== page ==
Day-Trader Interest in Put Options Adds to Capitulation Fears

Jan 26, 2022

Observations & Insight

Calvin F. Williams Jr is Using His Business to Close the Wealth Gap
Alex Perry – John Lothian News

From creating investment management strategies to expanding financial education, Calvin F. Williams Jr. runs his business with one clear goal in mind: to close the racial wealth gap. Since age 12 when he first started his own lawn care service, he understood the value of building wealth, yet he also understood that many people lack the financial resources to do that.

Williams is the owner of FreemanCapital, the first Black-owned automated wealth management platform for retail customers that’s registered with the U.S. Securities and Exchange Commission (SEC). In 2021, Williams was named part of Investment News’ 40 Under 40, where he noted that after college, he couldn’t find a financial adviser because he “didn’t have a million bucks.” His fintech helps people of color achieve financial wellness – people who are often overlooked.

Read the rest of this article HERE.

Lead Stories

Day-Trader Interest in Put Options Adds to Capitulation Fears
Bailey Lipschultz – Bloomberg
Day traders who populate Reddit’s WallStreetBets forum are increasingly seeking protection from more pain after a selloff rocked the high-flying technology companies and meme stocks preferred by individual investors.
Sentiment on the platform has flipped with more posts and comments focusing on buying put options instead of calls, according to Vanda Research. The increase in mentions of the protective derivatives were also shown in data compiled by alternative markets data aggregator Quiver Quantitative.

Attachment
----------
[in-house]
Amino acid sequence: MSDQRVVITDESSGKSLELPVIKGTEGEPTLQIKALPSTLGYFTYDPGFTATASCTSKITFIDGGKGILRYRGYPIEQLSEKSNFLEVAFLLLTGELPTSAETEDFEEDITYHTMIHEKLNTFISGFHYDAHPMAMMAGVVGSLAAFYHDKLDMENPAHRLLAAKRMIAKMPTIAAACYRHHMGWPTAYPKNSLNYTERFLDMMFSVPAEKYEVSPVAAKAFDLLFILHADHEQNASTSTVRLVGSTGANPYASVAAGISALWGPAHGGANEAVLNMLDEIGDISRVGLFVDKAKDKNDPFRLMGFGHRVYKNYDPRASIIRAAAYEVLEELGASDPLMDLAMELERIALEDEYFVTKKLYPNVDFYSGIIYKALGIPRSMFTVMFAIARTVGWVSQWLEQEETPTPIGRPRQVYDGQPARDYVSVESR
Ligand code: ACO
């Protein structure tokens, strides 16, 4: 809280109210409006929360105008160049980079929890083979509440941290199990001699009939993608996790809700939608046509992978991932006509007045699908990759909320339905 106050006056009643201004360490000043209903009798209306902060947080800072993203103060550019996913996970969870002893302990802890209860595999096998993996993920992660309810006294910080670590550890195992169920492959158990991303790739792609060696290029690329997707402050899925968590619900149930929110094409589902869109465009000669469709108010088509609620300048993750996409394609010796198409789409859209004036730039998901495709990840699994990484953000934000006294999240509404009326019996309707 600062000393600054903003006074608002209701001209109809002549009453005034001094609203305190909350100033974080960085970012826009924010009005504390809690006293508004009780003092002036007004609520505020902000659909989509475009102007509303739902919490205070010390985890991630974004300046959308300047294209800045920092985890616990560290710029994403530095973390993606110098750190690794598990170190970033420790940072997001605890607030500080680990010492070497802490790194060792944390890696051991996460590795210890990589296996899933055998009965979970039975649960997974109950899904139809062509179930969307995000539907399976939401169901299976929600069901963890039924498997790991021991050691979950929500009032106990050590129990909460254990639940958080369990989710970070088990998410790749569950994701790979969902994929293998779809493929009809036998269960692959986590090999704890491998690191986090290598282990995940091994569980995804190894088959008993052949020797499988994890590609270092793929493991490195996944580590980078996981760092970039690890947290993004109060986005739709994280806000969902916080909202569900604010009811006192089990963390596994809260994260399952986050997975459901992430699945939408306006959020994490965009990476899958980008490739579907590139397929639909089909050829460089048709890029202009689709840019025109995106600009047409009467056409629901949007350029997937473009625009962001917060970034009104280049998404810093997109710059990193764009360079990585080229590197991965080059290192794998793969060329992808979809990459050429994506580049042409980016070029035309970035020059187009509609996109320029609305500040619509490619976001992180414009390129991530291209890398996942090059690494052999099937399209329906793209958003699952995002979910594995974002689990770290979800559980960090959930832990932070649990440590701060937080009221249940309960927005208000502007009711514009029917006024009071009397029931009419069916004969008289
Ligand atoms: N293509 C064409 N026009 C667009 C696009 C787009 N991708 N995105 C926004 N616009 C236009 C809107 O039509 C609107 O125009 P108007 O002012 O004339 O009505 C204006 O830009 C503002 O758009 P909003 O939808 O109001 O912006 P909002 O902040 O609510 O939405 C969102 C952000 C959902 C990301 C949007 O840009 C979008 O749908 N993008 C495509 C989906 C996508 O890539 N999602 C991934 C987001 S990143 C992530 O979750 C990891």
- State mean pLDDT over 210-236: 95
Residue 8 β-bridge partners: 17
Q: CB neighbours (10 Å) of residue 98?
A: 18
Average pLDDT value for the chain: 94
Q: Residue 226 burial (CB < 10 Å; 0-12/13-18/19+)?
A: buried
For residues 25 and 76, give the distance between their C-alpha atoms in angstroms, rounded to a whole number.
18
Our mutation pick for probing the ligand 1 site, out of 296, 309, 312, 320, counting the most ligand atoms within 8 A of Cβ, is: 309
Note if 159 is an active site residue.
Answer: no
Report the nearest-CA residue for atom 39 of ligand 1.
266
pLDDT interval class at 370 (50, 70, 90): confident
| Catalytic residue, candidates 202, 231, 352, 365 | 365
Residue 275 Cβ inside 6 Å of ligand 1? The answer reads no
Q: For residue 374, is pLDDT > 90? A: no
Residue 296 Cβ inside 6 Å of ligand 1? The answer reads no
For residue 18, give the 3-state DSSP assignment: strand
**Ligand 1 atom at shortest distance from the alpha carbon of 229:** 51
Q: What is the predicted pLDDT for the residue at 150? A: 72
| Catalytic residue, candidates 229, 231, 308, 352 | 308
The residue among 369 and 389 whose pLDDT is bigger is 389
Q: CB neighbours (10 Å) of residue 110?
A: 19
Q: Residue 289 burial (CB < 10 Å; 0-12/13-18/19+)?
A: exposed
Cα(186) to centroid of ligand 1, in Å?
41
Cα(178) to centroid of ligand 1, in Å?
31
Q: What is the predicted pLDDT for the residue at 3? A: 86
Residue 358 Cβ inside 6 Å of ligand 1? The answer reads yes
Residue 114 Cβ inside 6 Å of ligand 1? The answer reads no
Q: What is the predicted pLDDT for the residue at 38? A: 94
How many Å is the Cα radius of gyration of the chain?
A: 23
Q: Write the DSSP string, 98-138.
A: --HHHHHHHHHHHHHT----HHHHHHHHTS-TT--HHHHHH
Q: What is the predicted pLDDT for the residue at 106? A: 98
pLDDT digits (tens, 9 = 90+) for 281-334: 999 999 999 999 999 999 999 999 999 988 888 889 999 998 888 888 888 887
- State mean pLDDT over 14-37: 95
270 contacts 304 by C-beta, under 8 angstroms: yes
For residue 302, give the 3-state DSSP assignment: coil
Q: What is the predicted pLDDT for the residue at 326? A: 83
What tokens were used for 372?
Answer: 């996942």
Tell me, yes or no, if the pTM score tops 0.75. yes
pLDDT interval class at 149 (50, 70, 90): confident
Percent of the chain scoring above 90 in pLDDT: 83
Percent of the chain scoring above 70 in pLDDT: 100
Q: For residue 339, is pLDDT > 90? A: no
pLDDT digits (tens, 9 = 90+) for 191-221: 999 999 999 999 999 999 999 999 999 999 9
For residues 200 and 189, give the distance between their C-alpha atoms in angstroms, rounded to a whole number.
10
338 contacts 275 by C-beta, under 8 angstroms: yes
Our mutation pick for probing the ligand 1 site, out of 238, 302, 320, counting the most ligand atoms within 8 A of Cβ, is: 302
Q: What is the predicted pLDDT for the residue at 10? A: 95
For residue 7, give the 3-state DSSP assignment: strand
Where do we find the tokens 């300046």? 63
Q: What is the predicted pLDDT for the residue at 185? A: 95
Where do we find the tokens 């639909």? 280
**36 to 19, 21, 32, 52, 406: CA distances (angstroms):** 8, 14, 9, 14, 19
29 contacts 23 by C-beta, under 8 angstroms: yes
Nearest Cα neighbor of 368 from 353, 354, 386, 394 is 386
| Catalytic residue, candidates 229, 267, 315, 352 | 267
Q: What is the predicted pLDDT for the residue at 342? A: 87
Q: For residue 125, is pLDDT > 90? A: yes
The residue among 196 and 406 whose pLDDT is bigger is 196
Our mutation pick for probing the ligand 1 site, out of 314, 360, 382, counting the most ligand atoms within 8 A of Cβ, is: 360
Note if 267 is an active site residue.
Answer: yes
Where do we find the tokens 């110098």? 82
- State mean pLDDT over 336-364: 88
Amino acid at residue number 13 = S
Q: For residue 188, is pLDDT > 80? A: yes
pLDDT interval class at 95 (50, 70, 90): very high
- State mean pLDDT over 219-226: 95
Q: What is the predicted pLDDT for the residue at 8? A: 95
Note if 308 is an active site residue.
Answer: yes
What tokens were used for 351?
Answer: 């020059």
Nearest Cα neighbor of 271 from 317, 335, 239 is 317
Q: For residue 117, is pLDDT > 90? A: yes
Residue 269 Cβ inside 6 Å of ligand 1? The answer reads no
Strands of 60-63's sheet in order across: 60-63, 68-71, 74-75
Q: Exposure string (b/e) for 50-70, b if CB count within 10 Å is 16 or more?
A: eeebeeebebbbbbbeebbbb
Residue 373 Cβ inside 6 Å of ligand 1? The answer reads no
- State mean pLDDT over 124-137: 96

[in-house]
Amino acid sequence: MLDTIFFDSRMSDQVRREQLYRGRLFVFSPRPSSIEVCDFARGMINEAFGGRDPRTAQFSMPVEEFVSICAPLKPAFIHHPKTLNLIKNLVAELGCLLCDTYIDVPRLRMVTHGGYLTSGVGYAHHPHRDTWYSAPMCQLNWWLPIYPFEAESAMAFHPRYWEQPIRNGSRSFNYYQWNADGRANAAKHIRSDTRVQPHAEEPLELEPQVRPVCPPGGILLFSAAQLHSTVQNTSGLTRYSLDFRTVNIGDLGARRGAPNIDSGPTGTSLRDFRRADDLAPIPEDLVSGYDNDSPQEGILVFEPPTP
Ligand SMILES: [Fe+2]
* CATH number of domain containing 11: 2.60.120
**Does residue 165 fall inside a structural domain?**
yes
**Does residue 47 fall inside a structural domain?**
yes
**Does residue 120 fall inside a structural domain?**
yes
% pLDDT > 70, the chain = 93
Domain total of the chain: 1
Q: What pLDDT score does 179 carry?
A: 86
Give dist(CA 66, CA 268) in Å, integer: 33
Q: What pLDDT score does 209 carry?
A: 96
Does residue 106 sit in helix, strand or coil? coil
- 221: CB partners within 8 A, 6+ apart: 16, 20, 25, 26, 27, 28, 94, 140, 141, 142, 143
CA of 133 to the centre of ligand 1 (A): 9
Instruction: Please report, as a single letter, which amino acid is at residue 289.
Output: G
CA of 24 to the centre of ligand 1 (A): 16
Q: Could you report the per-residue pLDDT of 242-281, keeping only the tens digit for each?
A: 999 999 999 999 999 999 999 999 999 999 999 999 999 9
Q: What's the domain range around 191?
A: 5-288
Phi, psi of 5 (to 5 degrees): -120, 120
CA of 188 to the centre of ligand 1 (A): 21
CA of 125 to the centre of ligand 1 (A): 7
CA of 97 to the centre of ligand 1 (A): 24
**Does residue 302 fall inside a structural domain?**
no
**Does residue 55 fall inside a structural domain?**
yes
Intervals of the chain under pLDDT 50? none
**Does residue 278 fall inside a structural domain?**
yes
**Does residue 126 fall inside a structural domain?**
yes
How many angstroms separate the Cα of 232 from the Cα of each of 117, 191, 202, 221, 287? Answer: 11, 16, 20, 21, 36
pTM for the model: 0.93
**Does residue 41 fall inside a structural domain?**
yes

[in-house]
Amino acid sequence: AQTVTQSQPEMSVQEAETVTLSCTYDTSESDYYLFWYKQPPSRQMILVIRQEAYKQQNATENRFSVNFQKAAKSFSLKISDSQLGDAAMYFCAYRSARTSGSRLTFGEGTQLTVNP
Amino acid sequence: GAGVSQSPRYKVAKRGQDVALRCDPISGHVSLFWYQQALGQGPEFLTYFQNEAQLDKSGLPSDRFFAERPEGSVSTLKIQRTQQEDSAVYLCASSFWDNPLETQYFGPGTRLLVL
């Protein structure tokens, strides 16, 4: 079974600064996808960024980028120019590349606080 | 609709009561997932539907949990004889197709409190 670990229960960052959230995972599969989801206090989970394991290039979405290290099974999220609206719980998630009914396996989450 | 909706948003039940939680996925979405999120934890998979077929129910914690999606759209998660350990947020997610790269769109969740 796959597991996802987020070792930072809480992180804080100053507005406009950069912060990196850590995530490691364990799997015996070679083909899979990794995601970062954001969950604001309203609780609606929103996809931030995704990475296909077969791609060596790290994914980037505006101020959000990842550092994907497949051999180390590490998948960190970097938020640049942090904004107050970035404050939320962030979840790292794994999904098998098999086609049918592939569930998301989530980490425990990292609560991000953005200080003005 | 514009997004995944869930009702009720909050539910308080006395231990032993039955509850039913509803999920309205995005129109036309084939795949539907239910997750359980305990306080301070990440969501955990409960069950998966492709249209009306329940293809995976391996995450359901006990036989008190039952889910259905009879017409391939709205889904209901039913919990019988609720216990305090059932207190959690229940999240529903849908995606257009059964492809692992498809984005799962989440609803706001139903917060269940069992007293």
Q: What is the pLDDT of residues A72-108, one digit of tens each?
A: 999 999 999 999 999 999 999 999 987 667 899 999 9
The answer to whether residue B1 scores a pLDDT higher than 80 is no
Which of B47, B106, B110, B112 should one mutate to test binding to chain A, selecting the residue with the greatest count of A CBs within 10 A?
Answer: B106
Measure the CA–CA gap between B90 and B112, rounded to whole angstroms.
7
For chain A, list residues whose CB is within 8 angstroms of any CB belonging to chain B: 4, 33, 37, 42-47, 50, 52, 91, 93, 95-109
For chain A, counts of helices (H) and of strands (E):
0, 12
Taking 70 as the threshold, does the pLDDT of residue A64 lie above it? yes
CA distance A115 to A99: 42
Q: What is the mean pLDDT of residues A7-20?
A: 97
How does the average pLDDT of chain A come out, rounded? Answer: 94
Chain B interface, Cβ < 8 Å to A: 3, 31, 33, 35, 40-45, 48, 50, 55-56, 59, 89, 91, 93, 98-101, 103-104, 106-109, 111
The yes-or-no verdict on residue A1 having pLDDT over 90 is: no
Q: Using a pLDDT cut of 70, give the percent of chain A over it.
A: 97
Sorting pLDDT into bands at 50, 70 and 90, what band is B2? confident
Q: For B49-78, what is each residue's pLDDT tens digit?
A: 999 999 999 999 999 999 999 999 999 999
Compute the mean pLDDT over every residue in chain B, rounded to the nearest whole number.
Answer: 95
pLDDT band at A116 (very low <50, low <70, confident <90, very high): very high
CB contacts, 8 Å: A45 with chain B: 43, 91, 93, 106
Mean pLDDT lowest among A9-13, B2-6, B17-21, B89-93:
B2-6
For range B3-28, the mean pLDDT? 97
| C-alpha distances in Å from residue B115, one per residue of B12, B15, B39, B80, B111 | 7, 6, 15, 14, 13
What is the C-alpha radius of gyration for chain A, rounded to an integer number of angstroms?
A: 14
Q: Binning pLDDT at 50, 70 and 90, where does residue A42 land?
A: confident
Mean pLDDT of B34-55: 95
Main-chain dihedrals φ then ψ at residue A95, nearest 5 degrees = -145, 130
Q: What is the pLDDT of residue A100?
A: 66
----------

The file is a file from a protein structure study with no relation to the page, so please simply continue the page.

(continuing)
Retail Dip-Buyers Get Whiplashed Big Time by Historic Stock Volatility
Lu Wang – Bloomberg
Retail investors who netted billions in the legendary pandemic bull market are getting schooled on stock volatility at long last, as the rates-fueled rout resumes.
When major indexes were in free fall Monday, mom and pop offloaded a net $1.5 billion worth of stock by noon, according to data compiled by JPMorgan Chase & Co. strategist Peng Cheng. Yet conditioned by two years of nonstop rewards, these would-be dip buyers then poured $1.3 billion in the final hours as the megacap benchmarks wiped out steep losses.

An Oil Close at $90 Would Bring 10,000 Options Into the Money
Alex Longley – Bloomberg
Brent oil is taking a fresh run toward $90 a barrel, a move that could bring a raft of options into the money.
About 10,000 March $90 calls are expiring on Wednesday. If the global benchmark closes below that key marker they’ll be worthless, but if it settles above that line, then they’ll pay out. It’s a binary risk to prices and could spur volatility into the day’s close.

Fidelity accused of ‘unethical’ process for options trading approvals
Madison Darbyshire – Financial Times
A Massachusetts regulator has accused the brokerage arm of Fidelity Investments of having “unethical and dishonest” practices to decide which customers may trade options on its platform, at a time of surging retail demand for the derivatives.